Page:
My dear departed Daddy always preached temperance…moderation in all things. Of course, when I was younger and under his roof, in my mind temperance meant “no fun allowed”. Times change. As we age, our parents grow wiser. Funny how that works.
I’ve been thinking a lot lately about temperance especially in light of tragic recent events in Haiti. While my heart aches for the impoverished people, my blood boils at the thought of all the supplies sitting on the tarmac rather than in the hands of the needy and the state-of-the-art hospital ships sitting virtually empty off shore while the streets are filled with the dead and dying. While funds are indeed needed for Haitian relief, it would seem more critical that intelligence and a “Get ‘er done!” attitude report for duty. Too often I’ve heard the refrain of “It’s not my job” or “We must wait for proper clearance” or… The excuses are endless. Meanwhile, people are dying. Tempers are flaring. Desperation does that. How long before someone steps up to the plate? Just DO it. The doctor who delivered my children recently traveled to Haiti to assist in the medical relief efforts. She is just DOING it. There are others who are doing it and attempting to do it. The morass of red tape is astonishing. Meanwhile people are dying.
Due to the fact that I have no skills that might be considered helpful in the face of such tragedy, I will stay home and donate funds and watch the news. I will continue praying for Haiti. I will continue praying for someone to take charge, to cut through the red tape, and just get on with the business of saving lives. I wonder if Teddy Roosevelt would be waiting on proper channels? Would Martin Luther King, Jr? Somehow I seriously doubt it. So, in this particular instance, I’m thinking that my Daddy’s way of thinking is incorrect. In Haiti, the time for temperance and moderation is over. Forget the rules. Forget the regulations. It’s time to just DO it!
I’m going off to have a good cry now. 😦
Saucy Suwi said:
I agree with you 100%. What is happening now is in many ways worse than the earthquake itself!!!! What is WRONG with these people that they turn away aid and medical help in favour of troops? Yes, I agree that they need troops as well…. but NOT instead of?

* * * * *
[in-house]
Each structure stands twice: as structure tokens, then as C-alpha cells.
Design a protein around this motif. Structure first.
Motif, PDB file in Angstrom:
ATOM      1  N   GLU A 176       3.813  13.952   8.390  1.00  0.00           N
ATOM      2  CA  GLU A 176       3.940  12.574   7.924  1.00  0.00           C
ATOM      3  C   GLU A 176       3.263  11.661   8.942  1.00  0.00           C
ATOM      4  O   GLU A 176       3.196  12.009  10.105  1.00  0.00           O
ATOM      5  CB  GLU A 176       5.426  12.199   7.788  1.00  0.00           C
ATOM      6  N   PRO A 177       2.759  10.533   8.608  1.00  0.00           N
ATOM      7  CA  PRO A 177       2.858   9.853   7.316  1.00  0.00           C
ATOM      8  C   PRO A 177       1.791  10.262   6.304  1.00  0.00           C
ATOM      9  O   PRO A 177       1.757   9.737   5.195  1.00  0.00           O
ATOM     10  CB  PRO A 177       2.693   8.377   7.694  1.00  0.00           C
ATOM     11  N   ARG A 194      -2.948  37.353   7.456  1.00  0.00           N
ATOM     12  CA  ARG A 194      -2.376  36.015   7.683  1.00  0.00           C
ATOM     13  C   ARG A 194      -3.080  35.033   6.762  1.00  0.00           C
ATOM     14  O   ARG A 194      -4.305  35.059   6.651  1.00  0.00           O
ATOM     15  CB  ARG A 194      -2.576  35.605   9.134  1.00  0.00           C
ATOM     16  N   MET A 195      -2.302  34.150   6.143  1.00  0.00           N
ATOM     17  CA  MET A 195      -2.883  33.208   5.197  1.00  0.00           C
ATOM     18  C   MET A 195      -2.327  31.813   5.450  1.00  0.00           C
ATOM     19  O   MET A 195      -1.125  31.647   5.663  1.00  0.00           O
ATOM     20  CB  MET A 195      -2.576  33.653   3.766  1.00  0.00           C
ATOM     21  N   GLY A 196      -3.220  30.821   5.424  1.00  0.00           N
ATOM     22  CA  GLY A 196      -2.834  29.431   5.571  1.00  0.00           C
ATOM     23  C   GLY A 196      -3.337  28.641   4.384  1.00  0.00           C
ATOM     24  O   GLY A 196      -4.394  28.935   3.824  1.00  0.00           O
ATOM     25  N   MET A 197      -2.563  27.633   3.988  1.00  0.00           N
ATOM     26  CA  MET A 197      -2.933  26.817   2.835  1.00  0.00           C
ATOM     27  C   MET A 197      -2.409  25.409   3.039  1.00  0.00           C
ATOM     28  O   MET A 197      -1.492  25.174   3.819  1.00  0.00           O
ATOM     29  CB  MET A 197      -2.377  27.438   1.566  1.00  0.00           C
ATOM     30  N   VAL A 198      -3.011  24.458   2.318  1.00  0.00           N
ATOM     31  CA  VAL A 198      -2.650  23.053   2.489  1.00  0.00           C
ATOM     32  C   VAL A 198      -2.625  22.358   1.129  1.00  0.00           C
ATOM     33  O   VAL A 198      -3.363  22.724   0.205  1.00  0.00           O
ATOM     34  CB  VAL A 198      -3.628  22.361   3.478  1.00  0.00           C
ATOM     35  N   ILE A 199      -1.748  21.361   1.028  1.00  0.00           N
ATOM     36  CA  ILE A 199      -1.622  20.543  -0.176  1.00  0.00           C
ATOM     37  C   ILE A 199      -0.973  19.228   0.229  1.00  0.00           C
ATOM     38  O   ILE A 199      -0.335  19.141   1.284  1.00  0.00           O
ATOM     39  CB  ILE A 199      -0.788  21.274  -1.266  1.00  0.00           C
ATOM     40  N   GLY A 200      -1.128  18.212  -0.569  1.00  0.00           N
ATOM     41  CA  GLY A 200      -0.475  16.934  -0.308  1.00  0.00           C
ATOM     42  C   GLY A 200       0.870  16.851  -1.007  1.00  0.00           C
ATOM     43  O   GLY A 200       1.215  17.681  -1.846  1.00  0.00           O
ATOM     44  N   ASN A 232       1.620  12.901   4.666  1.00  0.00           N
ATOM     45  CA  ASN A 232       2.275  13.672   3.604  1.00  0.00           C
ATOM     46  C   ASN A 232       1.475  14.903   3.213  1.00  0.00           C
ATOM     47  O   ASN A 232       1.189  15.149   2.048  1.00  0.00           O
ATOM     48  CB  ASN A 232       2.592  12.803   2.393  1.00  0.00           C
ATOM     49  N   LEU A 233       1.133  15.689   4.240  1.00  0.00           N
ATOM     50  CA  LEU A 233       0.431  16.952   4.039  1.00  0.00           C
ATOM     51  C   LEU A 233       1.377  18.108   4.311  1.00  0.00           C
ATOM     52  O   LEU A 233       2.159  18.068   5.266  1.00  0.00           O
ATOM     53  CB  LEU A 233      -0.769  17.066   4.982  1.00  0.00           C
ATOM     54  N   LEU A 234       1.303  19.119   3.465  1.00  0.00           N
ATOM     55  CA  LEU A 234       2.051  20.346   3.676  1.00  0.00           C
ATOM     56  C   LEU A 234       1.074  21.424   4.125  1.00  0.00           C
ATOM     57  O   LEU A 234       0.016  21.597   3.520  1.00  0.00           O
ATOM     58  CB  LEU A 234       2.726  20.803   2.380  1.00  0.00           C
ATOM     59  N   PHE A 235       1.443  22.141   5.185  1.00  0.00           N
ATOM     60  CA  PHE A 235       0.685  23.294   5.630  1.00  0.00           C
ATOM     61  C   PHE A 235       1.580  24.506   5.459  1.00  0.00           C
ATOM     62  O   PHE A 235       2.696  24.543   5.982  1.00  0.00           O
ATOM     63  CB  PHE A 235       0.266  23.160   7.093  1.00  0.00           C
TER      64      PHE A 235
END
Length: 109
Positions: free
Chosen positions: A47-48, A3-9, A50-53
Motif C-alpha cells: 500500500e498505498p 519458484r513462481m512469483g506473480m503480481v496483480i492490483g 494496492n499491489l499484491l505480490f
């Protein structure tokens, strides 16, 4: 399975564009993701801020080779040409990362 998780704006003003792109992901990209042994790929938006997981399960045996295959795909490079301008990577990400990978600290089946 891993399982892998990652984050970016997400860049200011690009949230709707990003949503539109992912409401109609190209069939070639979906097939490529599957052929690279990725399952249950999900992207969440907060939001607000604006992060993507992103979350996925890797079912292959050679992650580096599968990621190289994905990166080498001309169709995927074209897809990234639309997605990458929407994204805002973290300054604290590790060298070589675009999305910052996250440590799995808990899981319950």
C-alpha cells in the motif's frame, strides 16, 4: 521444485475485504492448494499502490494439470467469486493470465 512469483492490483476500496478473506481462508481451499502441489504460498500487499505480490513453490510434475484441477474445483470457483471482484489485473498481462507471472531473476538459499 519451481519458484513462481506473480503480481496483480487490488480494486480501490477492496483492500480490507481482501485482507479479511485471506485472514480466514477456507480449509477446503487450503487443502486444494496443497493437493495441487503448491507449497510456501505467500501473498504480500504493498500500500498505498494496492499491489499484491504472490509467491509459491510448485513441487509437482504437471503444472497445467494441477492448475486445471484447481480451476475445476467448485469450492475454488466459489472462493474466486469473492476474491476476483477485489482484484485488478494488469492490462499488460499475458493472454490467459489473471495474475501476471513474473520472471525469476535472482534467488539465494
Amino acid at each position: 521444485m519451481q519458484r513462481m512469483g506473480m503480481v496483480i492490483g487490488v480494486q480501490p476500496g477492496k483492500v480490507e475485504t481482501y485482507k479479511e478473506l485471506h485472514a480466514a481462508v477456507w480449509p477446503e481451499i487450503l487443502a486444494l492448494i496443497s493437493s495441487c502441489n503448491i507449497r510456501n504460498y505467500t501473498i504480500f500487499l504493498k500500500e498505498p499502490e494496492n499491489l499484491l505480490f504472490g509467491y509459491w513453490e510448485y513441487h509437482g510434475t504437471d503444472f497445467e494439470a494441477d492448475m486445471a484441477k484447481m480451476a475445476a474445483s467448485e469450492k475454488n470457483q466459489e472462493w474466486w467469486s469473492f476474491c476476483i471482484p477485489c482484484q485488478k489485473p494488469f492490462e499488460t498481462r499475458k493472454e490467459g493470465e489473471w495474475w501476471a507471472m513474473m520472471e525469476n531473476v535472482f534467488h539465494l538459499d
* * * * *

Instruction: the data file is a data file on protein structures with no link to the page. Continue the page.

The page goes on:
What I do find utterly amazing is they are STILL finding people alive and SINGING! I wonder if in some way the hardships the Haiti people faced every day have in some way helped them to cope while trapped under a couple of tons of rubble? They are an amazing nation…. well apart from those who are looting and killing! But then again if the aid had been given out would these people need to be doing this? For many I think not?
It’s so heartbreaking. But yes…the people of Haiti, those who are refusing to give up, are inspiring!
Barb Brock (AZBarb) said:
So well said Dawn, thank you! I truly don’t understand everything that is going on, but am hearing of so much help that can’t get delivered. Praying too that it reaches those who need it as fast as possible. Have been having a cry-a-day lately here myself over this! There is a strong, hard lesson we can learn from these people who SING!
Absolutely, Barb! Thank you!
Any tears left anyone? Yes, a cry-a-day, or maybe a cry-a-minute have been the order of the day.
It’s all so overwhelming. So I thought I would share what has me cried out for the day:
My niece is in the Navy and is serving on the USNS Comfort Hospital ship, now anchored off the coast of Haiti.
She departed with less than 24 hours notice for what is currently an undetermined amount of time.
She, the crew, and the people of Haiti have been in our prayers for the obvious reasons, but she especially because…well, she is family, but also because she is a new mother.
She deployed knowing this humanitarian mission is her calling, her desire, and her duty–all while leaving behind her 7-month old daughter, whom she was still nursing.
So she happened to bring along her breast pump, which ended up being a fortuitous act because they are able to use her milk to feed a newborn who was found alive on the streets.
I cried absolute tears of joy for the simple grace of this act, tears of utter sadness for the plight of this newborn’s family, and tears of pride for the duty and sacrifice of my niece.
Keep up the thought provoking blog Dawn. It is wonderful to read.
Oh, my…what a sweet sacrifice your niece has made. And what good fortune for that innocent babe who was rescued. Tears of joy this morning, Catherine! Thank you for sharing!
I would just like to point out that Haiti was also poor before the earthquake, and nowhere near that many people cared at the time. Extreme poverty exists in a lot of countries, people die of starvation or dehydration or lack of medical care or freeze to death. It’s not just Haiti. If you can’t sleep now because Haiti people are dying, I don’t understand how you are able to sleep at any other time ever. During one day, 1000 people die of TB. 25,000 people of starvation. During the time you read this, 6 people have died of AIDS. What makes those people less deserving of “forgetting the rules”?
Hi, Anya. Thanks for commenting. I didn’t say I couldn’t sleep. I didn’t say Haiti wasn’t suffering prior to the earthquake. I didn’t say there wasn’t suffering and needless death in other countries. I’m sorry you seem to view an expression of compassion for one country as a total lack of it for others. I don’t hide my true thoughts in between the lines. I say what I mean, and I mean what I say. Sorry you don’t know me in order to know that. But, now you know, right? Have a blessed day!